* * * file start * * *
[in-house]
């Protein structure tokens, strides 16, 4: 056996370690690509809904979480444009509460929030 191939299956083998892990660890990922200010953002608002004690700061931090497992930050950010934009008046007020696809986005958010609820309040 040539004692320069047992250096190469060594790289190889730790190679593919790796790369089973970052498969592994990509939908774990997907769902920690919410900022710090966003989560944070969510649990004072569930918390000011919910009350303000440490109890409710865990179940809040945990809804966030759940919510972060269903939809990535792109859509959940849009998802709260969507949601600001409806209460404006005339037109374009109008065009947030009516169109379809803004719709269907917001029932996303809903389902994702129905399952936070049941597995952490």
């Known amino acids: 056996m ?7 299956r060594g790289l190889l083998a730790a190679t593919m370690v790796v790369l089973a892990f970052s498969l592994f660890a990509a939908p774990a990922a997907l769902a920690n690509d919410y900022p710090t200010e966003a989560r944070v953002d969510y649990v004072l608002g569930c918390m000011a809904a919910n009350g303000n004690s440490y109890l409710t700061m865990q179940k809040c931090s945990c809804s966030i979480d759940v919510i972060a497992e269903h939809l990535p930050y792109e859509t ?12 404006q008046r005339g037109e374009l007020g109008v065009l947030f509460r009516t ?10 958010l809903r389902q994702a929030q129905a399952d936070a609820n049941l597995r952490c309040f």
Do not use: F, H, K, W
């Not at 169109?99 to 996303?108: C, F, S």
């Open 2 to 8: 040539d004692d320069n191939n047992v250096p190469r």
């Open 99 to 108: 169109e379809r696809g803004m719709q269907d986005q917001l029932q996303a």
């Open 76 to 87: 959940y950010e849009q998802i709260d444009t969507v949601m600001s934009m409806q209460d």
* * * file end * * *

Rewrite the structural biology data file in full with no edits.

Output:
[in-house]
């Protein structure tokens, strides 16, 4: 056996370690690509809904979480444009509460929030 191939299956083998892990660890990922200010953002608002004690700061931090497992930050950010934009008046007020696809986005958010609820309040 040539004692320069047992250096190469060594790289190889730790190679593919790796790369089973970052498969592994990509939908774990997907769902920690919410900022710090966003989560944070969510649990004072569930918390000011919910009350303000440490109890409710865990179940809040945990809804966030759940919510972060269903939809990535792109859509959940849009998802709260969507949601600001409806209460404006005339037109374009109008065009947030009516169109379809803004719709269907917001029932996303809903389902994702129905399952936070049941597995952490």
């Known amino acids: 056996m ?7 299956r060594g790289l190889l083998a730790a190679t593919m370690v790796v790369l089973a892990f970052s498969l592994f660890a990509a939908p774990a990922a997907l769902a920690n690509d919410y900022p710090t200010e966003a989560r944070v953002d969510y649990v004072l608002g569930c918390m000011a809904a919910n009350g303000n004690s440490y109890l409710t700061m865990q179940k809040c931090s945990c809804s966030i979480d759940v919510i972060a497992e269903h939809l990535p930050y792109e859509t ?12 404006q008046r005339g037109e374009l007020g109008v065009l947030f509460r009516t ?10 958010l809903r389902q994702a929030q129905a399952d936070a609820n049941l597995r952490c309040f």
Do not use: F, H, K, W
């Not at 169109?99 to 996303?108: C, F, S």
């Open 2 to 8: 040539d004692d320069n191939n047992v250096p190469r």
């Open 99 to 108: 169109e379809r696809g803004m719709q269907d986005q917001l029932q996303a």
């Open 76 to 87: 959940y950010e849009q998802i709260d444009t969507v949601m600001s934009m409806q209460d």